Magnetic resonance imaging of spin-wave transport and interference in a magnetic insulator

Image credit: [Tao Yu]


Spin waves—the elementary excitations of magnetic materials—are prime candidate signal carriers for low-dissipation information processing. Being able to image coherent spin-wave transport is crucial for developing interference-based spin-wave devices. We introduce magnetic resonance imaging of the microwave magnetic stray fields that are generated by spin waves as a new approach for imaging coherent spin-wave transport. We realize this approach using a dense layer of electronic sensor spins in a diamond chip, which combines the ability to detect small magnetic fields with a sensitivity to their polarization. Focusing on a thin-film magnetic insulator, we quantify spin-wave amplitudes, visualize spin-wave dispersion and interference, and demonstrate time-domain measurements of spin-wave packets. We theoretically explain the observed anisotropic spin-wave patterns in terms of chiral spin-wave excitation and stray-field coupling to the sensor spins. Our results pave the way for probing spin waves in atomically thin magnets, even when embedded between opaque materials.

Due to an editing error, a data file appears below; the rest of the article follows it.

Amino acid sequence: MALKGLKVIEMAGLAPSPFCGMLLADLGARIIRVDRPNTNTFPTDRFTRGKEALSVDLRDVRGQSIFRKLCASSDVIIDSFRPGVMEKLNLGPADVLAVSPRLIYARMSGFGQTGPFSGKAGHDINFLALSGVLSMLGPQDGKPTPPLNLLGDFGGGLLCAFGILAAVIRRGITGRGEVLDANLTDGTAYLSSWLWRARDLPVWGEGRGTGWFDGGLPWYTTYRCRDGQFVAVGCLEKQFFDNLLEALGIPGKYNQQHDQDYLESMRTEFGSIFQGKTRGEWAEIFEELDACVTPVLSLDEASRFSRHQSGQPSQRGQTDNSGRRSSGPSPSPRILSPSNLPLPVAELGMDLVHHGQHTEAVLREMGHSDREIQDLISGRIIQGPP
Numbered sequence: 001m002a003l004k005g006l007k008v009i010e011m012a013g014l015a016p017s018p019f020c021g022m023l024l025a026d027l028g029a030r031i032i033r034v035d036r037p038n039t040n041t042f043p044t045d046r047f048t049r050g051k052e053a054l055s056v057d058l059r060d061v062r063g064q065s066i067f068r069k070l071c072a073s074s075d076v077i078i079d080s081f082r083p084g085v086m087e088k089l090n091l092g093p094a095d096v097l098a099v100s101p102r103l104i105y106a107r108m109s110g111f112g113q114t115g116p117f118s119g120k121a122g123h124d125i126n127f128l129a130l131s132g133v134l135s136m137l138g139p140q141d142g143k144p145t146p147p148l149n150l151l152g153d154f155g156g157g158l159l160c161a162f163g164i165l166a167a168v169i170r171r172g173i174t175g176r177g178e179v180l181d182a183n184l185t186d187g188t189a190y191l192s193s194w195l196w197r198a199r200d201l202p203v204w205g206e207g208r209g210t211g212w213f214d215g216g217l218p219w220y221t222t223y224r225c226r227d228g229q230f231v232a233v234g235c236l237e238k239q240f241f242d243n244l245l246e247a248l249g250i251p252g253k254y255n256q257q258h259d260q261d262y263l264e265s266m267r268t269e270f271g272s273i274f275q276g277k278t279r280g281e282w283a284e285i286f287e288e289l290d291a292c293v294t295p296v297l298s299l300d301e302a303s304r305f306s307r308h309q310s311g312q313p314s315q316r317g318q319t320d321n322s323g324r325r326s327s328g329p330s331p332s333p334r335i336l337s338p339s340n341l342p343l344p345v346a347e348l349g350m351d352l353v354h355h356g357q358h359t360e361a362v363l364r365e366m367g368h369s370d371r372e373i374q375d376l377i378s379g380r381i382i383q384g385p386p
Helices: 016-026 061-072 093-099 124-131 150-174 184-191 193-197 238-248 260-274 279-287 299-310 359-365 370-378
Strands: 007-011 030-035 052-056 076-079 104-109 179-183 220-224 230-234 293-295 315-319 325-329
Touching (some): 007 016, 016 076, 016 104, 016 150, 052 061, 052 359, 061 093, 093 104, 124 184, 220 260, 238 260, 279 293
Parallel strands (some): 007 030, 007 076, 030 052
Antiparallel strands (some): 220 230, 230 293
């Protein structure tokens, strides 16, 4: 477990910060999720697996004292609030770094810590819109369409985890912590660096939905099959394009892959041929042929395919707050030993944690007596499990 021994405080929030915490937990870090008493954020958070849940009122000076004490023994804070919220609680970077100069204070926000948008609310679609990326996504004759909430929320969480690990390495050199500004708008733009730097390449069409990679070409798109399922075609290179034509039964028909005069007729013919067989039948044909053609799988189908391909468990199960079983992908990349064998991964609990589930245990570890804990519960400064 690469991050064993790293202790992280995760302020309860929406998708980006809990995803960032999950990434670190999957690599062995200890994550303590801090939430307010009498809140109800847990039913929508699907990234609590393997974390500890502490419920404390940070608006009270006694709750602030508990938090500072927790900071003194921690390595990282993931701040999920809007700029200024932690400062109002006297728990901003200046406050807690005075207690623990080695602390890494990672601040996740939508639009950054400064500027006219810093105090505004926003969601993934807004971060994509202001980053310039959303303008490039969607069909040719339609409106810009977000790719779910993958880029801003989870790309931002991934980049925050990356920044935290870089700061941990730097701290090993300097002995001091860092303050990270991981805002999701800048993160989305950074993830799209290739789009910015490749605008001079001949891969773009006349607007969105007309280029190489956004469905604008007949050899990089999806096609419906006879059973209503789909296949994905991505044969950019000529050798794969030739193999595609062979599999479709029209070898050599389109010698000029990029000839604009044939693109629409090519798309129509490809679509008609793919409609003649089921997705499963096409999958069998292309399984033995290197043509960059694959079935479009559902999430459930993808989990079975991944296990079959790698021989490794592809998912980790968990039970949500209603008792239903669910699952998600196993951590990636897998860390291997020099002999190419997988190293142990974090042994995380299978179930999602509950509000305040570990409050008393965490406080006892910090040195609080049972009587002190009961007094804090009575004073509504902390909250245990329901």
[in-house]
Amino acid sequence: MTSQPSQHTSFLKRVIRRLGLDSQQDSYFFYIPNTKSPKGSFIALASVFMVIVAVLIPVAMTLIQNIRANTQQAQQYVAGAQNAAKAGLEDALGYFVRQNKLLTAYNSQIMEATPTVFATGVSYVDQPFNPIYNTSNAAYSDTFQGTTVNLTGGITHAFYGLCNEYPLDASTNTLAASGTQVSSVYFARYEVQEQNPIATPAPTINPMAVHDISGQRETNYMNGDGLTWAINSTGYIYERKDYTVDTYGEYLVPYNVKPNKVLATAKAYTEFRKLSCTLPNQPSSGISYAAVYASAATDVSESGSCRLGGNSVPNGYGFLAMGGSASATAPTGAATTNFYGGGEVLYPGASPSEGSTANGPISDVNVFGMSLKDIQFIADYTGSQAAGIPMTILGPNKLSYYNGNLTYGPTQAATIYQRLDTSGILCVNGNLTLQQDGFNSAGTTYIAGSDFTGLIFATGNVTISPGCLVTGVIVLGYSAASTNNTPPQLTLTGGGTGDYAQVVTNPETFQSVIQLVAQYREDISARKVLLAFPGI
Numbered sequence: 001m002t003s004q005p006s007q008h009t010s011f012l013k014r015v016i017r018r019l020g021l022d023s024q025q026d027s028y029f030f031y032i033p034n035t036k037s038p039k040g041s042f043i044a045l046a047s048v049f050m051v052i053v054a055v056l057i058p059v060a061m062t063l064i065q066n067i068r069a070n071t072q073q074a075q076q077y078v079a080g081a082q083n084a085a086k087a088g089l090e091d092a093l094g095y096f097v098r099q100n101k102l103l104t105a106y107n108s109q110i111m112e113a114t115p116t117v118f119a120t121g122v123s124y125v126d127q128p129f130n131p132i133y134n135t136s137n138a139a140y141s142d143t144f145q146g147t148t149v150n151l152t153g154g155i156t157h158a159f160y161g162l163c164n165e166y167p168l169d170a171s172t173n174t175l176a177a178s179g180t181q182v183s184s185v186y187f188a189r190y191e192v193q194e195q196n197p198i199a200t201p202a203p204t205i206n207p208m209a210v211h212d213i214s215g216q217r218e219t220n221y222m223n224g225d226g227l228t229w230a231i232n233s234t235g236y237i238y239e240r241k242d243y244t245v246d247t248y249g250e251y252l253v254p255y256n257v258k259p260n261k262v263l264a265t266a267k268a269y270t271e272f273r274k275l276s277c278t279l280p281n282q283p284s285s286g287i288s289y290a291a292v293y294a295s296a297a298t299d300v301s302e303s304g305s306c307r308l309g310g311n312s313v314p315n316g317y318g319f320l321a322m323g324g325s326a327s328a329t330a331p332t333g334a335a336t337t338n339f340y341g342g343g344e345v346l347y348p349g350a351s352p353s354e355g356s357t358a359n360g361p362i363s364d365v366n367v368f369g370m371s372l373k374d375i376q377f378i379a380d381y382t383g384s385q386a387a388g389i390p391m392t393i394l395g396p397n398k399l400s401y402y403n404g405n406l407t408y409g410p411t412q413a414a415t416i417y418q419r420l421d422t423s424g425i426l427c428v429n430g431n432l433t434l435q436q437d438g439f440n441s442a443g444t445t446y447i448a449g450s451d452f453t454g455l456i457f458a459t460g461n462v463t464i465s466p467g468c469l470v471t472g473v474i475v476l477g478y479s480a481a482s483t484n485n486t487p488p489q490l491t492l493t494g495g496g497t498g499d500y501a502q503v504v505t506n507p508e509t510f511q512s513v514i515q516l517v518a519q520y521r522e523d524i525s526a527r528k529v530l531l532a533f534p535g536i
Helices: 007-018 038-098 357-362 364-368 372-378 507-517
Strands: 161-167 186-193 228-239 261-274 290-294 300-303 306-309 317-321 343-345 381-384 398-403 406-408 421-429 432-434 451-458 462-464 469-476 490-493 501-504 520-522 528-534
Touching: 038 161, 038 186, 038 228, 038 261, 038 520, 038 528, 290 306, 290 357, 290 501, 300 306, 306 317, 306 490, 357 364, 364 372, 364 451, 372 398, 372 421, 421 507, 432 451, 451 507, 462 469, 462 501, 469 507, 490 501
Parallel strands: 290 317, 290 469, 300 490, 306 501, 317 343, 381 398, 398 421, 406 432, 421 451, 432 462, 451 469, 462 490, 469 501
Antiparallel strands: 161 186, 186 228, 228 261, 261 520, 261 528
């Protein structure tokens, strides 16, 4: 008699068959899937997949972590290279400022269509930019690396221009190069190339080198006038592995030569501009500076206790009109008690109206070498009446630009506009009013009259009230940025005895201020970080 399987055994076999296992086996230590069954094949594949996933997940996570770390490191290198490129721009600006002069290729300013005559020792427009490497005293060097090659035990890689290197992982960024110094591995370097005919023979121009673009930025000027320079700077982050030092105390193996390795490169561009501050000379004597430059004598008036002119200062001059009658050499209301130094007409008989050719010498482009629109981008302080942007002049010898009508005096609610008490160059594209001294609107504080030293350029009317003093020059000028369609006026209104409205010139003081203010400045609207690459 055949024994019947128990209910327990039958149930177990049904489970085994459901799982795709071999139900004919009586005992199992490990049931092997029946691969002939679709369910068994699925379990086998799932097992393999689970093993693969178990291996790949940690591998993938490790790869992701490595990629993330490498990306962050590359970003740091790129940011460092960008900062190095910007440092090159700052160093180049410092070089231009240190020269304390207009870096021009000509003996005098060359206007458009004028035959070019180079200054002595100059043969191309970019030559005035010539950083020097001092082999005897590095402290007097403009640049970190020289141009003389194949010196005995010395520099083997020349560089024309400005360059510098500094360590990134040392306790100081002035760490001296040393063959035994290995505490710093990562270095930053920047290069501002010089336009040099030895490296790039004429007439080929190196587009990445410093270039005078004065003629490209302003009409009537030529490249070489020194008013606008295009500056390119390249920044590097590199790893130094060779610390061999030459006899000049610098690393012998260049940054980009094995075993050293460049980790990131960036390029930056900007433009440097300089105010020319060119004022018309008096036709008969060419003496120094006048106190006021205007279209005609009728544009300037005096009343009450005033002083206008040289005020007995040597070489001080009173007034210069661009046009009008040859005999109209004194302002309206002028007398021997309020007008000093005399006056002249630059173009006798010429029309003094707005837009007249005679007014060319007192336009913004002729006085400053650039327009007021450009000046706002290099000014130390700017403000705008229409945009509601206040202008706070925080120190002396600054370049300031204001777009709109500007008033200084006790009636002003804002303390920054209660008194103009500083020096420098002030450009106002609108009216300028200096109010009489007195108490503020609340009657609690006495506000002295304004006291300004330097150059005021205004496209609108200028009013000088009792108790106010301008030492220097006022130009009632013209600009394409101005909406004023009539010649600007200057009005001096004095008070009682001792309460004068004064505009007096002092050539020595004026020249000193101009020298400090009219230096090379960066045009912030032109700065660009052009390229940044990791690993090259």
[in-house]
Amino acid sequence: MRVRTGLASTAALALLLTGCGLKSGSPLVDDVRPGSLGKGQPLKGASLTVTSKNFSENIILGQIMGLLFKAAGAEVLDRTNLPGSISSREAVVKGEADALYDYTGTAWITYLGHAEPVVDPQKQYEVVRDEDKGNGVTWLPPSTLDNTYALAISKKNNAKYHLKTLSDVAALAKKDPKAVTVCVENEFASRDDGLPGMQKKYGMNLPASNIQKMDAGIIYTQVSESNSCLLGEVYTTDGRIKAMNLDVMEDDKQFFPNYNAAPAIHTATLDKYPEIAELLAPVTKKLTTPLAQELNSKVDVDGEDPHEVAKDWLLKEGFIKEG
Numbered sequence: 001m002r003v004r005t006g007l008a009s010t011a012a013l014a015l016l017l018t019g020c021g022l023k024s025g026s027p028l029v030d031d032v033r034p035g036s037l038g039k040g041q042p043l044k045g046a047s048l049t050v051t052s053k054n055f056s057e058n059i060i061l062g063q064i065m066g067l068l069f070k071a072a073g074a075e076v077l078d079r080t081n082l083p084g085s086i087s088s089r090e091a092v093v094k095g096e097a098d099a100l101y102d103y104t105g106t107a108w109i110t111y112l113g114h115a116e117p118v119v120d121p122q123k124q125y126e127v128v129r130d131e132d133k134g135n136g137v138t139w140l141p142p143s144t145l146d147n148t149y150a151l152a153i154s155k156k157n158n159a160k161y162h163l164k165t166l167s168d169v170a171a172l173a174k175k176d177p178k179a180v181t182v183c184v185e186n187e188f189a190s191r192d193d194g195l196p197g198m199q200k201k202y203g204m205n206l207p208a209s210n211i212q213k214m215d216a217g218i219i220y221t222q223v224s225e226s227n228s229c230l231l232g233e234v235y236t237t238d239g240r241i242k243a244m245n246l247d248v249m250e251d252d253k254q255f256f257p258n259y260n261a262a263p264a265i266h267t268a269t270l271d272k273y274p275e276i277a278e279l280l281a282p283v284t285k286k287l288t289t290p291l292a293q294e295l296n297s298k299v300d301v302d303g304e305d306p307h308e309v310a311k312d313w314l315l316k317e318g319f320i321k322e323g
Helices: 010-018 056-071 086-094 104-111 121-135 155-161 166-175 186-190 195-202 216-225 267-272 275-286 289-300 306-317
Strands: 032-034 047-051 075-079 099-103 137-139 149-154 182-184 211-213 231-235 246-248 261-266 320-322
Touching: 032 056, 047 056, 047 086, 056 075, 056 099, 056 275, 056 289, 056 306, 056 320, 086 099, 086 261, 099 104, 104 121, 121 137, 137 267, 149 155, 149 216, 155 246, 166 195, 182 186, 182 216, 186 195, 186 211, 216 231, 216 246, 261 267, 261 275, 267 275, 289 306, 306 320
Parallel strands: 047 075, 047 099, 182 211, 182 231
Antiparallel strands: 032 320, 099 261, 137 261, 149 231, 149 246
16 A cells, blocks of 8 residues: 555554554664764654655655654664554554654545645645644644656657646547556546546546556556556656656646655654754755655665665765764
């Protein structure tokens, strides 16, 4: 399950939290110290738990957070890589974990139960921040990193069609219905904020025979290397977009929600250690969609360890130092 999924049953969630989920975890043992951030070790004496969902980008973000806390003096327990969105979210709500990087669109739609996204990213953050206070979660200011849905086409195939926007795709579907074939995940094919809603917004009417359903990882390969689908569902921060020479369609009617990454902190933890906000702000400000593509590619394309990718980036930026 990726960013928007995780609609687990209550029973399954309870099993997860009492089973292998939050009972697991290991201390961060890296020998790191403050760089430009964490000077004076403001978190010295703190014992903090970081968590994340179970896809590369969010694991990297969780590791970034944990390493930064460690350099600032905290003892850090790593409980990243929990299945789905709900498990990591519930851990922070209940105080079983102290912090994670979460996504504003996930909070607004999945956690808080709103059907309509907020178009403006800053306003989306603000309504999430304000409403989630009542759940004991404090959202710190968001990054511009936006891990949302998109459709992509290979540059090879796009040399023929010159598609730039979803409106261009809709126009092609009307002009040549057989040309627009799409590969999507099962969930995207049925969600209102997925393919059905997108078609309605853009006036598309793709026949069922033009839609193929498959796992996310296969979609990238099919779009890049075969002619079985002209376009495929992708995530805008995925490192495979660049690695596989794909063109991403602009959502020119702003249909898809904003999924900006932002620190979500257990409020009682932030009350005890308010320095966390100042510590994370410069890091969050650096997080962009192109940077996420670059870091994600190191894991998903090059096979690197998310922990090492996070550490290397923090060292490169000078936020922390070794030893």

Sci. Adv. 6, eabd3556 (2020)

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Tao Yu
Tao Yu
Professor, Group Leader

My research interests include Magnetism, Spintronics, Unconventional superconductivity, Quantum transport in low dimensional electronics, and Strong light-matter interaction.